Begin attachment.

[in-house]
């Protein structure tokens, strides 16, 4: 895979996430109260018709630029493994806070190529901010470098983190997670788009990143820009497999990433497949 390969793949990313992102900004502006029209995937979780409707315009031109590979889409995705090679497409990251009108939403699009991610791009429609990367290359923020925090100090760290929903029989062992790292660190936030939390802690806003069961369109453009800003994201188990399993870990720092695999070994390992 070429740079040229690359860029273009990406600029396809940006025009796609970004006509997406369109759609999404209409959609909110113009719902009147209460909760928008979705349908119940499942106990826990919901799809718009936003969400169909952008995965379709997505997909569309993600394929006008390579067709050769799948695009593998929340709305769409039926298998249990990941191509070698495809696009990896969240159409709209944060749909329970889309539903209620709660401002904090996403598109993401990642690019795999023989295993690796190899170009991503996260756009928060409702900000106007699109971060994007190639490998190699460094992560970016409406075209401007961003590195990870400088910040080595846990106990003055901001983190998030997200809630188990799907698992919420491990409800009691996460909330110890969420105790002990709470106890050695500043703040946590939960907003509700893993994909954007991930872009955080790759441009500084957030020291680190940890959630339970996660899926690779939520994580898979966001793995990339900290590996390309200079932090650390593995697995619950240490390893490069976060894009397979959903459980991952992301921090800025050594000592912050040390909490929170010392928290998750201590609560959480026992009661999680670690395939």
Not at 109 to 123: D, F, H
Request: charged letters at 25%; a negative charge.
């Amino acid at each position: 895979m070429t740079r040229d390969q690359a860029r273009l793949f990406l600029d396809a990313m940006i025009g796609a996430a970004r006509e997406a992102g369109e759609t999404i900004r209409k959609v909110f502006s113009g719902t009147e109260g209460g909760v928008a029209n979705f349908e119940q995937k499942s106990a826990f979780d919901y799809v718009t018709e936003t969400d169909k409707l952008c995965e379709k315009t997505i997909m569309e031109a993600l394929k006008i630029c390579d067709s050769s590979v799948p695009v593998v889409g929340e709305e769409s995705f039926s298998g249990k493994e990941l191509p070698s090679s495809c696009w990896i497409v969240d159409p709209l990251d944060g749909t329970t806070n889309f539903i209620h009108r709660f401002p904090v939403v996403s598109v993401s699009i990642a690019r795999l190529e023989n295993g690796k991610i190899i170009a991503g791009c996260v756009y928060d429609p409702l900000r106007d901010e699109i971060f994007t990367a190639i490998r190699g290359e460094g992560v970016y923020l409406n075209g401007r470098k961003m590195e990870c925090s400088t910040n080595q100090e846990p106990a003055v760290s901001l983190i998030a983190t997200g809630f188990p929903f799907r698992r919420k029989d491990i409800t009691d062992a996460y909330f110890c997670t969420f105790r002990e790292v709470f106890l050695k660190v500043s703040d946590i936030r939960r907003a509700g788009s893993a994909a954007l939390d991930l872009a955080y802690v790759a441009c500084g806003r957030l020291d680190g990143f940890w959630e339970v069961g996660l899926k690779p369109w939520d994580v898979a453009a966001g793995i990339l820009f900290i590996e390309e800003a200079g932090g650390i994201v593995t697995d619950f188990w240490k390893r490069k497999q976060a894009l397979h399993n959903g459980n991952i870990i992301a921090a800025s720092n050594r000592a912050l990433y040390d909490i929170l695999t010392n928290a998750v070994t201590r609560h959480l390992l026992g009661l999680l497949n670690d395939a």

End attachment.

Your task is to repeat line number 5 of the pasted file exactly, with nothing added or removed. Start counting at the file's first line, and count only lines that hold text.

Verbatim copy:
């Amino acid at each position: 895979m070429t740079r040229d390969q690359a860029r273009l793949f990406l600029d396809a990313m940006i025009g796609a996430a970004r006509e997406a992102g369109e759609t999404i900004r209409k959609v909110f502006s113009g719902t009147e109260g209460g909760v928008a029209n979705f349908e119940q995937k499942s106990a826990f979780d919901y799809v718009t018709e936003t969400d169909k409707l952008c995965e379709k315009t997505i997909m569309e031109a993600l394929k006008i630029c390579d067709s050769s590979v799948p695009v593998v889409g929340e709305e769409s995705f039926s298998g249990k493994e990941l191509p070698s090679s495809c696009w990896i497409v969240d159409p709209l990251d944060g749909t329970t806070n889309f539903i209620h009108r709660f401002p904090v939403v996403s598109v993401s699009i990642a690019r795999l190529e023989n295993g690796k991610i190899i170009a991503g791009c996260v756009y928060d429609p409702l900000r106007d901010e699109i971060f994007t990367a190639i490998r190699g290359e460094g992560v970016y923020l409406n075209g401007r470098k961003m590195e990870c925090s400088t910040n080595q100090e846990p106990a003055v760290s901001l983190i998030a983190t997200g809630f188990p929903f799907r698992r919420k029989d491990i409800t009691d062992a996460y909330f110890c997670t969420f105790r002990e790292v709470f106890l050695k660190v500043s703040d946590i936030r939960r907003a509700g788009s893993a994909a954007l939390d991930l872009a955080y802690v790759a441009c500084g806003r957030l020291d680190g990143f940890w959630e339970v069961g996660l899926k690779p369109w939520d994580v898979a453009a966001g793995i990339l820009f900290i590996e390309e800003a200079g932090g650390i994201v593995t697995d619950f188990w240490k390893r490069k497999q976060a894009l397979h399993n959903g459980n991952i870990i992301a921090a800025s720092n050594r000592a912050l990433y040390d909490i929170l695999t010392n928290a998750v070994t201590r609560h959480l390992l026992g009661l999680l497949n670690d395939a």